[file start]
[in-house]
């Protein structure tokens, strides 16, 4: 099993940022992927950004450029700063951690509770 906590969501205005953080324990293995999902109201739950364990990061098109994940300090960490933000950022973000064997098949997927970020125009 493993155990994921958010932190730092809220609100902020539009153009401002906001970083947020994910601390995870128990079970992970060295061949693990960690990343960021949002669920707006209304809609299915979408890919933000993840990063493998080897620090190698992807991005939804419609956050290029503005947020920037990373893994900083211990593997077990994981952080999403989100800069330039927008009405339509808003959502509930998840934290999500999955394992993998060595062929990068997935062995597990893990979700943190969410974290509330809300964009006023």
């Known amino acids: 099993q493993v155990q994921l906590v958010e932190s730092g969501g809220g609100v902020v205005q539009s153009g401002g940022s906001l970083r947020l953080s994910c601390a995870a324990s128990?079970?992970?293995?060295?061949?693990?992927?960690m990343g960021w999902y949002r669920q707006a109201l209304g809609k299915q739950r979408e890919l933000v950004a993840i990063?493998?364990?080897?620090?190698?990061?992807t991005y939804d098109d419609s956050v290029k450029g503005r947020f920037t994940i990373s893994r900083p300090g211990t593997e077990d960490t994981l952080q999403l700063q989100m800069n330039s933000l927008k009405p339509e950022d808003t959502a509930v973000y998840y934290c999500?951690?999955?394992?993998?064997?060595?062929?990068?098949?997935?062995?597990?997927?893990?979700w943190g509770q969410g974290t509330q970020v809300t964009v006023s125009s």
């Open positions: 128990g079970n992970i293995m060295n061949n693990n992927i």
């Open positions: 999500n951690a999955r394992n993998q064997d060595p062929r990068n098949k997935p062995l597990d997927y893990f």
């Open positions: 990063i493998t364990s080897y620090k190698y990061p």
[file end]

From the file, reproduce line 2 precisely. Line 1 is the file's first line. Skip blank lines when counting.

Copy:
């Protein structure tokens, strides 16, 4: 099993940022992927950004450029700063951690509770 906590969501205005953080324990293995999902109201739950364990990061098109994940300090960490933000950022973000064997098949997927970020125009 493993155990994921958010932190730092809220609100902020539009153009401002906001970083947020994910601390995870128990079970992970060295061949693990960690990343960021949002669920707006209304809609299915979408890919933000993840990063493998080897620090190698992807991005939804419609956050290029503005947020920037990373893994900083211990593997077990994981952080999403989100800069330039927008009405339509808003959502509930998840934290999500999955394992993998060595062929990068997935062995597990893990979700943190969410974290509330809300964009006023």